Introduction and overview

AuthorScott M. Riemer/Jennifer L. Hess
       
claims through the initial application process, the appeal process,
and litigation in federal court. Even when handling an ERISA
disability claim during the initial application process, you always must
be mindful that the claim may need to be litigated and that ERISA dis-
ability cases are like no other type of case litigated in the federal courts.
ERISA cases are impacted by many rules and regulations, including:
regulations issued by the United States Department of Labor; certain
sections of the Employee Retirement Income Security Act of 1974, as
amended (“ERISA”); insurance statutes, regulations and concepts in
the 50 states; general concepts of contract and trust law; the specic
provisions of the disability plan and/or policy; and most peculiarly,
court-created procedures pertaining to exhaustion of administrative rem-
edies, scope of review, statute of limitations, venue, remands, remedies,
discovery, the award of attorney fees, and the admissibility of evidence,
none of which will be found in the Federal Rules of Civil Procedure. To
boot, the Federal Rules of Evidence do not necessarily apply.
is book attempts to provide at least some of the knowledge you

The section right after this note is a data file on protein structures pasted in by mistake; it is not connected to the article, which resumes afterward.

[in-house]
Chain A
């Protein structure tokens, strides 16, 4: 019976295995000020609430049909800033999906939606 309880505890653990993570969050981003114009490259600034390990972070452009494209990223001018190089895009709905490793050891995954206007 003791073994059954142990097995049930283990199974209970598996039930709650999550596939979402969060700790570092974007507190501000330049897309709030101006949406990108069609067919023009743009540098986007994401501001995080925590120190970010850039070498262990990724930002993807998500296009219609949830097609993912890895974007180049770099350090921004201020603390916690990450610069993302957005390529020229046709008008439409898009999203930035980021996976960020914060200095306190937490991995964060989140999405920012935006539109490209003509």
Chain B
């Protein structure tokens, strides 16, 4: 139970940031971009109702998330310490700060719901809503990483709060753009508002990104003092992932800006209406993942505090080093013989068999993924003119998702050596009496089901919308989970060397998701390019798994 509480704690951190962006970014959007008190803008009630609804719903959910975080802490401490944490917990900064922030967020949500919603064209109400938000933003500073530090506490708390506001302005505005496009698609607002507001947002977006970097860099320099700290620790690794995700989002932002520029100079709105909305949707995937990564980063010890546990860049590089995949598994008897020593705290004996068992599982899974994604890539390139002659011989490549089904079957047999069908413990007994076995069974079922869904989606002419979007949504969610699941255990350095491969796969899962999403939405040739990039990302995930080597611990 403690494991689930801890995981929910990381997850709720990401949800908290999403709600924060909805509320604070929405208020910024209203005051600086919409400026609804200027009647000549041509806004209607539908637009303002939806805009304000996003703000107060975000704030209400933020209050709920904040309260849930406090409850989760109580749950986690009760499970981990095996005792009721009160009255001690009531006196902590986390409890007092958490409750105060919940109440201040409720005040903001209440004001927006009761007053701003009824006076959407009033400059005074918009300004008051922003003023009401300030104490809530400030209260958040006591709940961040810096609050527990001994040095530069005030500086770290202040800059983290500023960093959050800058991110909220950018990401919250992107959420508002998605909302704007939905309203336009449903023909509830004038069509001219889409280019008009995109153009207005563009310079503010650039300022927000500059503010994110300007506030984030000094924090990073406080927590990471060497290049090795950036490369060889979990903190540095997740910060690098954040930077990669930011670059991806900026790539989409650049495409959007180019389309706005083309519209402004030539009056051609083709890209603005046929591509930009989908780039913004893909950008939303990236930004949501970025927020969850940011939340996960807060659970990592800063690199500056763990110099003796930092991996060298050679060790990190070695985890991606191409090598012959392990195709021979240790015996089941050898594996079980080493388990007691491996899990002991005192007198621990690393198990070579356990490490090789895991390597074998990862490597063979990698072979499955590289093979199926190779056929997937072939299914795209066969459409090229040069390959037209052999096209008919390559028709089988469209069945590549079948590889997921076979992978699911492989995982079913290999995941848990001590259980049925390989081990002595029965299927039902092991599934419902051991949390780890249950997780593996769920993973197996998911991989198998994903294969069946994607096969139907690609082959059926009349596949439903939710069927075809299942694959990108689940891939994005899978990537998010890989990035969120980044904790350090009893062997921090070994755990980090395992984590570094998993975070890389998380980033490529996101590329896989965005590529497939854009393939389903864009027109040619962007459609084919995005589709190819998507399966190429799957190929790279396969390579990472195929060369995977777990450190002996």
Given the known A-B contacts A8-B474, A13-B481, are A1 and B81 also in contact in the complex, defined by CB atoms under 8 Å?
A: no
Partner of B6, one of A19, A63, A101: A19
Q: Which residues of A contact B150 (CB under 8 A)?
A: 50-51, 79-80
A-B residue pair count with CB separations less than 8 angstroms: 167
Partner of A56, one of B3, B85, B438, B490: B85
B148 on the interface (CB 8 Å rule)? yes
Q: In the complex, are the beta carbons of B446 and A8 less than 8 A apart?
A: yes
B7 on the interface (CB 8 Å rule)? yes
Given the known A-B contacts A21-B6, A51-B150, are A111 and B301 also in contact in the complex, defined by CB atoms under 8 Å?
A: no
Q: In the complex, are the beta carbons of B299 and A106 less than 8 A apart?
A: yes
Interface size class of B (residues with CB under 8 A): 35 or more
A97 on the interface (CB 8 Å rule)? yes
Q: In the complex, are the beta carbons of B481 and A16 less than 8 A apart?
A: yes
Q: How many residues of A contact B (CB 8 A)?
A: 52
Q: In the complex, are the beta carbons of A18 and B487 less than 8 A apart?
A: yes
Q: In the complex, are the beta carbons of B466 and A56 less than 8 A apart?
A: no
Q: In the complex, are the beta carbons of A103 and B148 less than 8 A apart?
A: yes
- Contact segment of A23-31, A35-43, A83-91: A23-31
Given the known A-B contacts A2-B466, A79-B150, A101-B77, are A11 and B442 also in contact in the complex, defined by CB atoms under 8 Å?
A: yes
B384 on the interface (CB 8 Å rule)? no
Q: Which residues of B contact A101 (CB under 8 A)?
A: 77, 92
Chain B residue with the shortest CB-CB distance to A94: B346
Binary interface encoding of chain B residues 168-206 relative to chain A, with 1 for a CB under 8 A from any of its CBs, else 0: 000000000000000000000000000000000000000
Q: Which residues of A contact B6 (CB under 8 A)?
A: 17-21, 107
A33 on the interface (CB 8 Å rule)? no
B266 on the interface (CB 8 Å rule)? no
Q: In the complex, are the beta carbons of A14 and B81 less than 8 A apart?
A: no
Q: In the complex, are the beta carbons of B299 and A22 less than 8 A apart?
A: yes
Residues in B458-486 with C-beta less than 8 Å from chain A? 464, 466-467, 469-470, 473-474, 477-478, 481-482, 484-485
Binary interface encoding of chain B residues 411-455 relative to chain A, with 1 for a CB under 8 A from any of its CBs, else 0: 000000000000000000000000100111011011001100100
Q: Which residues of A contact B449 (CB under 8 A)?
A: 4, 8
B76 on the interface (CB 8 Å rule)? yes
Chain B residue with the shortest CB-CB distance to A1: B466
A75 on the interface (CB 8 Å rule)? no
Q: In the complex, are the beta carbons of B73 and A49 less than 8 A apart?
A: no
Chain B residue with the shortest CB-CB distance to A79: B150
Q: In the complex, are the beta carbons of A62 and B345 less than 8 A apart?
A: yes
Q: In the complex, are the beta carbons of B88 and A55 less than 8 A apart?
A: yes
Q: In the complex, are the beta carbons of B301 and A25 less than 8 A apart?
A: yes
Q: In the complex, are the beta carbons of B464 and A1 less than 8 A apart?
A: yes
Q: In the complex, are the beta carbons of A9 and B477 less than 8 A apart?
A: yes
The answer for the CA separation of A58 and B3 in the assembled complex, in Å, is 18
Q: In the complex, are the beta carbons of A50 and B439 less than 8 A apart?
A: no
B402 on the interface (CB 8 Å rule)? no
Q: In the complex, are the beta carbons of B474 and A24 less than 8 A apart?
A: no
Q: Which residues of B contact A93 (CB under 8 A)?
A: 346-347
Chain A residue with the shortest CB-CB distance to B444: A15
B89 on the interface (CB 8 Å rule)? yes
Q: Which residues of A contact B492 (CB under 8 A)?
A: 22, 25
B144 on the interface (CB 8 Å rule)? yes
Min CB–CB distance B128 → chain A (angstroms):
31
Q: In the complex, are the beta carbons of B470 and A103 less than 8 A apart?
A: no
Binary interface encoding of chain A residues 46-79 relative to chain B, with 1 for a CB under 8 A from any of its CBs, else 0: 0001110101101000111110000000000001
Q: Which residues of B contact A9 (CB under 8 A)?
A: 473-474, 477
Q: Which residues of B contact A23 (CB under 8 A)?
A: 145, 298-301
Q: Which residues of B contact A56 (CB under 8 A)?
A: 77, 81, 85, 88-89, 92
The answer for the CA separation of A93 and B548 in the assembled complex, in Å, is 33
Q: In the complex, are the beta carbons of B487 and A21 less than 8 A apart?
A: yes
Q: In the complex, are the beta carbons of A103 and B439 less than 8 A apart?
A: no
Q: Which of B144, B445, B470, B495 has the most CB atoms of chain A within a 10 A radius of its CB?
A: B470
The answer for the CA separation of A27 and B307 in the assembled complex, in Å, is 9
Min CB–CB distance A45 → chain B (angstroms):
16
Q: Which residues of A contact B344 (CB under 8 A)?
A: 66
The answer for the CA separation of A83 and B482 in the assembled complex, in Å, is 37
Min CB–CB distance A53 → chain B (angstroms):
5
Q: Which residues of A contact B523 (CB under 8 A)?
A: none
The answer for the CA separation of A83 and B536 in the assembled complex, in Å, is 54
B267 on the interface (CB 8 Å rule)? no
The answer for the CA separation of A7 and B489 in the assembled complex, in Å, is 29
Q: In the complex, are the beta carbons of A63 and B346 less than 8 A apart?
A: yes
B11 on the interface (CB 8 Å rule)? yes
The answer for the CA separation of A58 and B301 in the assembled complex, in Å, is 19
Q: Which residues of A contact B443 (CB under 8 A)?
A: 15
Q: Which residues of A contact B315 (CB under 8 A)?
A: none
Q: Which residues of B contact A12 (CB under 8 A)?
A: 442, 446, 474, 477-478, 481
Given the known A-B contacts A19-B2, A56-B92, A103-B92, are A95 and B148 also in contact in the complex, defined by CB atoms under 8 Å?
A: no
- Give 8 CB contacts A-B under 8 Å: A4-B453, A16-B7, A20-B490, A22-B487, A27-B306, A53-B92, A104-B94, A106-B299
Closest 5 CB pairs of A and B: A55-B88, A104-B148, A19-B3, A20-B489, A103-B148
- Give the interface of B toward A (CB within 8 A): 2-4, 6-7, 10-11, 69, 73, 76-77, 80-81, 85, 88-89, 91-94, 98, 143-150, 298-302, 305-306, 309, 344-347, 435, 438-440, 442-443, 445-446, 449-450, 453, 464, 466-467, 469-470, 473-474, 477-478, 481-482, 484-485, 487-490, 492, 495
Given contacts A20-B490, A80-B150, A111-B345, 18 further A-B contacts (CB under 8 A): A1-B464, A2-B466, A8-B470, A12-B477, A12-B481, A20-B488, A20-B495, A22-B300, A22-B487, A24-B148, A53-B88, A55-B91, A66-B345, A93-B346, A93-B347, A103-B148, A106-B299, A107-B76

will need to represent a client with an ERISA disability claim. e empha-
sis will be on practical strategies, rather than on an exhaustive recitation
of caselaw. Helpful templates and forms will be provided where possible.
Although the authors practice primarily in New York City in the South-
ern District of New York, the book’s focus is national. Note, however,
there may be certain local variations not discussed in the book.
e focus of the book is employer-provided disability benets sub-
ject to ERISA. All employer long term disability (“LTD”) plans are
covered by ERISA, unless the employer is a governmental or religious
entity. Similarly, all short term disability plans are covered by ERISA,
unless the plan satises the safe harbor requirements of a payroll
practice exempt from ERISA. See 29 CFR §2510.3-1(b). STD policies
purchased by an employer to satisfy mandatory State requirements are
not subject to ERISA. Currently, ve States (California, Hawaii, New

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